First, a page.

Although nobody ever likes to think that their marriage could end in divorce, the sad fact is that almost half of all U.S. marriages don't make it. Even if you have a strong marriage, it’s never too early to start planning your children’s secured future.
What Steps Should You Take to Safeguard Your Children In The Case Of A Future Divorce?
While you may think that your spouse is agreeable and will follow your wishes after you separate or divorce, counting on that can be a huge gamble. In the aftermath of a divorce, it's common for a once-happy couple to react impulsively and give in to their hurt feelings, and the children inevitably become caught in the middle of the crossfire.
When this happens, the emotional and psychological pain children feel can last a lifetime, causing long-term damage and affecting how they handle relationships as adults.
Given that children are particularly susceptible to pain, trauma, and emotional damage after their parents split up, take some steps now to protect your children in the event of a future divorce.
1. Create A Safeguard Plan For Your Children
The best way to declare your wishes regarding your children's future is by creating a comprehensive plan detailing their care. A children's safeguard plan contains specific information about your choice for a durable power of attorney, emergency guardianship, and wishes regarding your children’s future lifestyle. You can incorporate this into your custodial parenting plan to ensure that it has legal validity in the event of a divorce or separation.
2. Determine Guardianship And Power Of Attorney
One of the first steps you need to take as parents is deciding on guardianship and power of attorney for your children. The sooner you and your spouse can make this agreement, the better. During a divorce, there's a strong chance that you and your ex-spouse will be unable to agree on major issues, which can jeopardize your children's future safety and well-being.
Guardian: A legal guardian is a person you appoint to care for your children and make all their financial, medical, education, and legal decisions if you and your spouse cannot care for them. The guardian must provide basic care, including food, shelter, healthcare, schooling, etc. For more detailed information, check out our guide to choosing guardians for your minor children.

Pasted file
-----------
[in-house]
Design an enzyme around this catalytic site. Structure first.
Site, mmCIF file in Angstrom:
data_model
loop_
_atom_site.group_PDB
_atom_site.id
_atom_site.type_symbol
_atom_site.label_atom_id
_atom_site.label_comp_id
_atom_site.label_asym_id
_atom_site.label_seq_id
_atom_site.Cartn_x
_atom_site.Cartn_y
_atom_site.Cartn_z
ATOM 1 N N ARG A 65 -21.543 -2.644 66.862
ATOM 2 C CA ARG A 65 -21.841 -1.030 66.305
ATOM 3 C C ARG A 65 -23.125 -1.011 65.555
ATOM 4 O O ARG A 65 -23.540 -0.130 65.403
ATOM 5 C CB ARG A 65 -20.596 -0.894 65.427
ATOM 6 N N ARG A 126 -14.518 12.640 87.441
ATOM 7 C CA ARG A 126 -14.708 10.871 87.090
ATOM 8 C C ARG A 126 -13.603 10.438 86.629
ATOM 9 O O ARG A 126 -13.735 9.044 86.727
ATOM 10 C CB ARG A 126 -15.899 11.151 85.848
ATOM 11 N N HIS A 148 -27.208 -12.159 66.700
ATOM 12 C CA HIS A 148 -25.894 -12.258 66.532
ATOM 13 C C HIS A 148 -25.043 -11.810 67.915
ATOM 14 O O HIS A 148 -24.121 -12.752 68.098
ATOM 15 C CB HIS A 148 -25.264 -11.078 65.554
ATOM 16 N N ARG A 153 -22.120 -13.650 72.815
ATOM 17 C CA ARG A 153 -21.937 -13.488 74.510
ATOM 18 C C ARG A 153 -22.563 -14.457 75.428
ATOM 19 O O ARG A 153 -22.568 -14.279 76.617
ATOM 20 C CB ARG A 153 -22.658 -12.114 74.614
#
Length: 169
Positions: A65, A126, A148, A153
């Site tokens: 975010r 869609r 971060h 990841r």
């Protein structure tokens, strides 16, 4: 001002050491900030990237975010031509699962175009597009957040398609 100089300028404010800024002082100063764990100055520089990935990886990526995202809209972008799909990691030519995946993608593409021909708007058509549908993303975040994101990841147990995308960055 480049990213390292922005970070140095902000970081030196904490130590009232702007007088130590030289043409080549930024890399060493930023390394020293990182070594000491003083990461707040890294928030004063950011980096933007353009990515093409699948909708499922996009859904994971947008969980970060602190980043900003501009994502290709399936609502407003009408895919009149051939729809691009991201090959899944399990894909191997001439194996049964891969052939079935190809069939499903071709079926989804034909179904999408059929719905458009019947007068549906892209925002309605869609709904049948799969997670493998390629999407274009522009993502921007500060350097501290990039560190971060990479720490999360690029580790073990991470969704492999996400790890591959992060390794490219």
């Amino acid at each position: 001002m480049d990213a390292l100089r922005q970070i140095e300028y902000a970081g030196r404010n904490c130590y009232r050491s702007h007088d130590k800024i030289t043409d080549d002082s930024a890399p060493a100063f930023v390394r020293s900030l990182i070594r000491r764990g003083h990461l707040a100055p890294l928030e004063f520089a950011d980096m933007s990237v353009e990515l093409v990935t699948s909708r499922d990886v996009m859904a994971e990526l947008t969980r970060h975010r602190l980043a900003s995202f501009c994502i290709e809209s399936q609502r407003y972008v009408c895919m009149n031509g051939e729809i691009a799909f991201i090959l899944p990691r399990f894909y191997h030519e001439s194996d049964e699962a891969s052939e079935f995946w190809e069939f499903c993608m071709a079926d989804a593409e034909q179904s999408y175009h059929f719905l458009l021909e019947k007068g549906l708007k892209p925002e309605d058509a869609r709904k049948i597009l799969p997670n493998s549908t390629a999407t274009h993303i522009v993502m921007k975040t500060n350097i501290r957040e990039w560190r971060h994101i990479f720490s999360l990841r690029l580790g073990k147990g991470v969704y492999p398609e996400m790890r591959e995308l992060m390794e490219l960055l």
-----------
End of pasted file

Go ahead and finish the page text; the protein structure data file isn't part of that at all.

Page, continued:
Medical Power of Attorney: A power of attorney is the person to whom you give the ability to make important decisions for your children’s medical care in the event of your death or incapacity. A medical power of attorney can make decisions about doctors and dental providers, vaccinations and immunizations, surgeries, or specialized medical care.
3. Place Your Children's Inheritance In A Trust
The next critical step to protect your children is to place their inheritance into a trust and appoint a third party to manage the assets until your kids turn 18.
If you and your spouse divorce, you may not have a problem with your ex having joint custody of your children. However, you probably will not want your ex-spouse controlling (or spending!) the inheritance you left your children if something should happen to you.
The best way to get around this is by placing your children's inheritance into a trust. Then, you would name a third party as trustee, who would control those financial assets until your children reach a predetermined age. It’s the only way to ensure that your children’s inheritance stays safe and sound until they are old enough to spend it themselves.
Finding a North Carolina Estate Planning Attorney Near Me
At Carolina Family Estate Planning, we know that nobody ever marries with the intent of divorcing. However, it does happen—and when it does, children are the first ones in the line of fire. They will often blame themselves for the pain and hurt of their parents splitting up.
Call our team at Carolina Family Estate Planning in Cary, North Carolina, today at (919) 443-3035 or complete our contact form to schedule your needs assessment.
Copyright © 2022. Carolina Family Estate Planning. All rights reserved.
The information in this blog post (“post”) is provided for general informational purposes only and may not reflect the current law in your jurisdiction. No information in this post should be construed as legal advice from the individual author or the law firm, nor is it intended to be a substitute for legal counsel on any subject matter. No reader of this post should act or refrain from acting based on any information included in or accessible through this post without seeking the appropriate legal or other professional advice on the particular facts and circumstances at issue from a lawyer licensed in the recipient’s state, country or other appropriate licensing jurisdiction.